Campton Hills tables vote on rehab center
Campton Hills trustees to continue discussion Jan. 8
Campton Hills residents Monday continued to voice their opposition to a 98-bed inpatient substance abuse treatment center proposed for a former boys school within the village.
Trustees did not take a final vote and continued the matter to 6:30 p.m. Tuesday, Jan. 8 at the Bell Graham Elementary School, 4N505 Fox Mill Blvd., St. Charles.
Residents argue the facility will burden ambulance services, lower property values for surrounding homes and be bad for the village as a whole, and pose a safety risk for nearby homes from addicts leaving Kiva and stealing to get money for another fix.
"We're living in an unbalanced society, a lot of desperate people," said resident Ricky Nelson, one of dozens to speak against the plan. "To bring in anything that would be adverse to safety, I would oppose that."
Officials for Kiva Recovery Center say the center at the 120-acre former Glenwood Boys School will offer high-end treatment targeted at professionals and running $30,000 for 30-day stay.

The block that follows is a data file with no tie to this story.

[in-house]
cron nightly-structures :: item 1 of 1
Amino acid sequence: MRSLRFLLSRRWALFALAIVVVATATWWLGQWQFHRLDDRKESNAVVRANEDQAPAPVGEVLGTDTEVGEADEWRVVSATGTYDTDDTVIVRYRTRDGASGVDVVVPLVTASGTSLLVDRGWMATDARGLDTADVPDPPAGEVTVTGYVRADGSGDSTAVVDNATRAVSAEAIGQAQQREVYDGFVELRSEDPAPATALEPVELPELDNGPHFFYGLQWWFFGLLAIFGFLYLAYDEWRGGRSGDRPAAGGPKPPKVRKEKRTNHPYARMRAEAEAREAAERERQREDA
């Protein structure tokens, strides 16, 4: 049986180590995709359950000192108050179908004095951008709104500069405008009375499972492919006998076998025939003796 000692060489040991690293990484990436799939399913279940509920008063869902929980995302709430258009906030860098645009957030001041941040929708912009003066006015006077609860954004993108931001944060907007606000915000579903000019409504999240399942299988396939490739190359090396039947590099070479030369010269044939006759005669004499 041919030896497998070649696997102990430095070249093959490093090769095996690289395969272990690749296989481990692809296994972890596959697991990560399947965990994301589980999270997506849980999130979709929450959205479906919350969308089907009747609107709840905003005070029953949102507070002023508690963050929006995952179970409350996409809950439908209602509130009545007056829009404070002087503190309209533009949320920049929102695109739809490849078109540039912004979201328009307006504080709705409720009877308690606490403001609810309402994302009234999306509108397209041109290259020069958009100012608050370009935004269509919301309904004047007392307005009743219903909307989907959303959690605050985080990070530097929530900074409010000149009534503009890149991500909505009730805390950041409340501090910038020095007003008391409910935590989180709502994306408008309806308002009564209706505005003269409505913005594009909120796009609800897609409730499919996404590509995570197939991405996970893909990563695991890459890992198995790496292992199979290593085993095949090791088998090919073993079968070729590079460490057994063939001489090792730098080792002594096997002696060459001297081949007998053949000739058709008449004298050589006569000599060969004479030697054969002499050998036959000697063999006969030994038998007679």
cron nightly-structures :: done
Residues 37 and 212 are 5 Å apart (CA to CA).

Kiva officials have acknowledged that heroin and meth addicts also will be treated at the facility, but patients will not be detoxed there and are choosing treatment instead of having it forced on them.
"We would be proud to be part of Campton Hills," said Steven Sonberg, an attorney representing Kiva, who urged trustees to "separate facts from fears."
Residents also questioned why the village did not hold an advisory referendum this coming April as trustees have sought opinions on less controversial topics, the most recent being video gambling and warning sirens in the Nov. 6 election.
The village mailed out 3,600 postcards — one for each household — earlier this month in an attempt to gauge resident opinions. The postcards were due back at village hall on Saturday and officials hoped to release the results at Monday's meeting.
But Village President Patsy Smith said officials still had to double count them before releasing the final tally.
Marcus Moreno, who is buying a home in the village in two weeks, said trustees need to consider the negative impact Kiva will have on property values.
"Let's be honest, a house is not only a place to live. It's also an investment," he said. "We need to protect that."
Trustees also have hired their own appraisal firm to study whether Kiva will damage property values. That study hopefully will be available at the next meeting, Smith said.
The village also has posted presentations from Kiva officials, as well as transcripts from past meetings, at villageofcamptonhills.org.
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